Battle of the Elephants

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Alexander the Great

In May 326 bce Alexander and his ally Omphis (Taxiles) made ready for the 110 mile march due south to confront the forces of Poros. The Indian king had made his intentions plain by massing his considerable force across the river Hydaspes (Jhelum) with the sole aim of preventing Alexander from advancing into his territory.

As the Macedonians and their 5,000 Indian allies approached the Hydaspes, the weather quickly deteriorated into an incessant downpour which soaked the men and sapped their strength. The river's level had also risen dramatically, its fast flowing waters swollen by the summer monsoon and the influx of melting snow from the Himalayas. Pitching camp somewhere near the modern town of Haranpur, Alexander kept constant watch on the banks of the ever-growing river and assessed the enemy's strengths.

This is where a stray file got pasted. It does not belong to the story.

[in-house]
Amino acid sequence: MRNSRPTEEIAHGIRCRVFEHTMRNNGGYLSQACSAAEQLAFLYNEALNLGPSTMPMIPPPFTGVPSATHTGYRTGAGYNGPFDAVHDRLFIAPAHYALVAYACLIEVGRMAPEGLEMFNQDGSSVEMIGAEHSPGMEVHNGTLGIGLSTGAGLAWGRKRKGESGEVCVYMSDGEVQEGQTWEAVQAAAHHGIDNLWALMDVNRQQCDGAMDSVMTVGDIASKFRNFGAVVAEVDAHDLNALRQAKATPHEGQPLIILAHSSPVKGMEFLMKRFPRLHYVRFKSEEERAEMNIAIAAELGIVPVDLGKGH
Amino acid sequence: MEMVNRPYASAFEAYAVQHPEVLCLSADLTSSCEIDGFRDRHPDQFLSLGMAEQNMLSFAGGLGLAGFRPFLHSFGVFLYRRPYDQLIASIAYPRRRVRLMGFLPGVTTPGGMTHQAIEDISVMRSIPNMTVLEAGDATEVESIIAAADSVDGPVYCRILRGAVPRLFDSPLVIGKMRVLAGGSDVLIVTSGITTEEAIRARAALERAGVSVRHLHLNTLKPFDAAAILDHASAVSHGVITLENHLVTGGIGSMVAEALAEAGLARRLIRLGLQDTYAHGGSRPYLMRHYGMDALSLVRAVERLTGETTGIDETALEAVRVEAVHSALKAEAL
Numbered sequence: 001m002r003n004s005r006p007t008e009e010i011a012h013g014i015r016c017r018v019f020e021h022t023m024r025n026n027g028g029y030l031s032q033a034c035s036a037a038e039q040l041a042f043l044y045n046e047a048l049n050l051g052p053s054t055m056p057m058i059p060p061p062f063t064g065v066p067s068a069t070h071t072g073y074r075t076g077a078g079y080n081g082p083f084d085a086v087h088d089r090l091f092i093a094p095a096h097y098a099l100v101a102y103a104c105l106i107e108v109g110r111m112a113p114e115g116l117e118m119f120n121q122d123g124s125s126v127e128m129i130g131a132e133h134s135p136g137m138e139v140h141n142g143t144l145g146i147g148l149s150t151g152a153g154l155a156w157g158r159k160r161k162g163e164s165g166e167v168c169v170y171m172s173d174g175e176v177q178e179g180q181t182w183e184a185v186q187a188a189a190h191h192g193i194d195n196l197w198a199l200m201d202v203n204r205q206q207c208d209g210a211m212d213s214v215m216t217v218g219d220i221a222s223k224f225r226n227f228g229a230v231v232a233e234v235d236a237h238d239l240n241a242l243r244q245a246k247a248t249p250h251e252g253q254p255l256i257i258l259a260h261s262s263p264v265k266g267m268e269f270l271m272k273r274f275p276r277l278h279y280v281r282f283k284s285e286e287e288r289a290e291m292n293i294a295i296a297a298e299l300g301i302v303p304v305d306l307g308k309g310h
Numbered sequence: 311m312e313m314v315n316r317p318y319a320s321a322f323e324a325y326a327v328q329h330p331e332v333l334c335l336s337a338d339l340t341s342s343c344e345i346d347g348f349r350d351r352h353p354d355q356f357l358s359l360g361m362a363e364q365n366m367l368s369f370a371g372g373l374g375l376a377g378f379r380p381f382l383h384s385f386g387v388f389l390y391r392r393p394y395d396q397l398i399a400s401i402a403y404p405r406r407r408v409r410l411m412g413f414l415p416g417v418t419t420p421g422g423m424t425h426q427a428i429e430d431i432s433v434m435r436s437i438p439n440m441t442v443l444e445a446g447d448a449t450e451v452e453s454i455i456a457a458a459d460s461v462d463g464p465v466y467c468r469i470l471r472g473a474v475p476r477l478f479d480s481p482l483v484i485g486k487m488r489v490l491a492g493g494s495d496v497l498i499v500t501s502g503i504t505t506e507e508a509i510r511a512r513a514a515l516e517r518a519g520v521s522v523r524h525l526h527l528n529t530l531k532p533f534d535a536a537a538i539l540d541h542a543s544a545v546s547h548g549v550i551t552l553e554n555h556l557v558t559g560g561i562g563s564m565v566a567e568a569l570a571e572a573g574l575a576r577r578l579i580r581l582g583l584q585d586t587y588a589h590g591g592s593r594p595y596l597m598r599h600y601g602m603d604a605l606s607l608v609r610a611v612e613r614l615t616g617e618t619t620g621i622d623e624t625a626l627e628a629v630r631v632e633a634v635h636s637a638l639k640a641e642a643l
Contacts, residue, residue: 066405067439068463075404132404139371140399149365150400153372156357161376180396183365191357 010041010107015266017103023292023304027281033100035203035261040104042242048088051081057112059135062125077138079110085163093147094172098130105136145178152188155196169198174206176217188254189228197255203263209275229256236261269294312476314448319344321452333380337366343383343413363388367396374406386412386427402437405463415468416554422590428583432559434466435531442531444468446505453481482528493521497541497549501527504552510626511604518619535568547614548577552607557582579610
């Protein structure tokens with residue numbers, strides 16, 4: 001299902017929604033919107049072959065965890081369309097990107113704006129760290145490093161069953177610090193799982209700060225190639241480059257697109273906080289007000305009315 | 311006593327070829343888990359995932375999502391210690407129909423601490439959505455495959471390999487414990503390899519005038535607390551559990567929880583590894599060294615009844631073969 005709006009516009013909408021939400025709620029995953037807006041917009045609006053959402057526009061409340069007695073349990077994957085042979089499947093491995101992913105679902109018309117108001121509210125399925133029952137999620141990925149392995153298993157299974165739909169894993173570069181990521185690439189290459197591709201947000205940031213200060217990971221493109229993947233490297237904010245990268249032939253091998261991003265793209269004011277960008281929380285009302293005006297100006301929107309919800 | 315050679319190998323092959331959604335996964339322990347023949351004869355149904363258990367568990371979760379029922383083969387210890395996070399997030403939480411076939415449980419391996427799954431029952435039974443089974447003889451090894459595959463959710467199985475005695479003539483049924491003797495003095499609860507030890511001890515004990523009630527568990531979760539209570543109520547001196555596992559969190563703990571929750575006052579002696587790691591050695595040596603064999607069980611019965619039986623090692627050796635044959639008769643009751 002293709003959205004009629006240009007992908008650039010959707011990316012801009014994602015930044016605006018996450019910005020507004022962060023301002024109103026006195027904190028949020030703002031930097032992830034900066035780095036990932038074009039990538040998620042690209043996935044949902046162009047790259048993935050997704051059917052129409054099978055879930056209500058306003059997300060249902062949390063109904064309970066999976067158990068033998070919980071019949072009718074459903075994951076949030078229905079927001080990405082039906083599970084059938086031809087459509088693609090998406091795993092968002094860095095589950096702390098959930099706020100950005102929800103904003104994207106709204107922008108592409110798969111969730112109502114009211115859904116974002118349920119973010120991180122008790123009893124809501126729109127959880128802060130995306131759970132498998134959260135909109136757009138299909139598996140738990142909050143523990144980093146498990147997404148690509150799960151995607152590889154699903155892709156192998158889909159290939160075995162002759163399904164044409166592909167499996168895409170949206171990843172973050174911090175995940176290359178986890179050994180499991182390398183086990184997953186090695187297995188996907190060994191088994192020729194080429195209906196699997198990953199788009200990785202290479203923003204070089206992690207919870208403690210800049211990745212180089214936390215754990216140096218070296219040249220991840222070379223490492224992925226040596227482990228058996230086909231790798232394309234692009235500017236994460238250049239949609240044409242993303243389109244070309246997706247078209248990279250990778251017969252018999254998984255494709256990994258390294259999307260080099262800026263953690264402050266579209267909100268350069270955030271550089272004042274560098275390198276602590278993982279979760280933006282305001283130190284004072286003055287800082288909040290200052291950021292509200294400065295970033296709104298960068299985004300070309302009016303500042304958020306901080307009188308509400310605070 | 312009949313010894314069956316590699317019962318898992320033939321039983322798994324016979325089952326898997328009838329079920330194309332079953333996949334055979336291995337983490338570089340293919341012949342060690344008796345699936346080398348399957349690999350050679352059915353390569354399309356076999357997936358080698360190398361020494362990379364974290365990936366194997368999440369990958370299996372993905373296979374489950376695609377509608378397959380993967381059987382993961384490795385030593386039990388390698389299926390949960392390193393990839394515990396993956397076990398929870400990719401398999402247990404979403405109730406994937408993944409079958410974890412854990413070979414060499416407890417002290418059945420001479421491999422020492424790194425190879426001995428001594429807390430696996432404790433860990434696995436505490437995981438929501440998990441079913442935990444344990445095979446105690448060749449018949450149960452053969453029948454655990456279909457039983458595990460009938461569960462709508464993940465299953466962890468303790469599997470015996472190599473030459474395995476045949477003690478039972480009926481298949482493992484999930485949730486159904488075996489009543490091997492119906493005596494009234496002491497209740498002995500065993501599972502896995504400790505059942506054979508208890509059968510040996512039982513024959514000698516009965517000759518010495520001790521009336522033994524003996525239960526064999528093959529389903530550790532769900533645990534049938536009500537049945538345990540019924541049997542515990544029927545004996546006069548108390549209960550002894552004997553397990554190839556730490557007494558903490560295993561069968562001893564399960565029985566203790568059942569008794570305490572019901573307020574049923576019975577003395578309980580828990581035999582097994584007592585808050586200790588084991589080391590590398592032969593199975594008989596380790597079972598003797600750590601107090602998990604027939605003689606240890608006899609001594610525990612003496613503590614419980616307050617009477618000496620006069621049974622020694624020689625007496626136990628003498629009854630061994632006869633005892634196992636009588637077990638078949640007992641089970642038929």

The main threat was obvious for all to see. Poros himself on guard against a backdrop of no fewer than 200 war elephants massed in single file. His sole intention was to prevent the Macedonian army gaining a foothold, and Alexander had learned from recent actions that his cavalry horses were certain to panic as soon as they sensed the elephants. Once out of control they could not be landed across the river in any sort of battle formation, and any form of disarray might lead to defeat. He needed to find a way to land the bulk of his army across the river without attracting the enemy's attention, allowing him the element of surprise.

After discussions with his chiefs-of-staff, it was decided to find a suitable crossing point to the north, unbeknown to the enemy who were still expecting Alexander to attempt to cross the river close to camp. He even feigned preparations a if he were about to cross here in order to test Poros's resolve, making regular manoeuvres up and down the river, and to the sound of war cries and trumpets launching boats and rafts to simulate an invasion as the rain continued to pour down.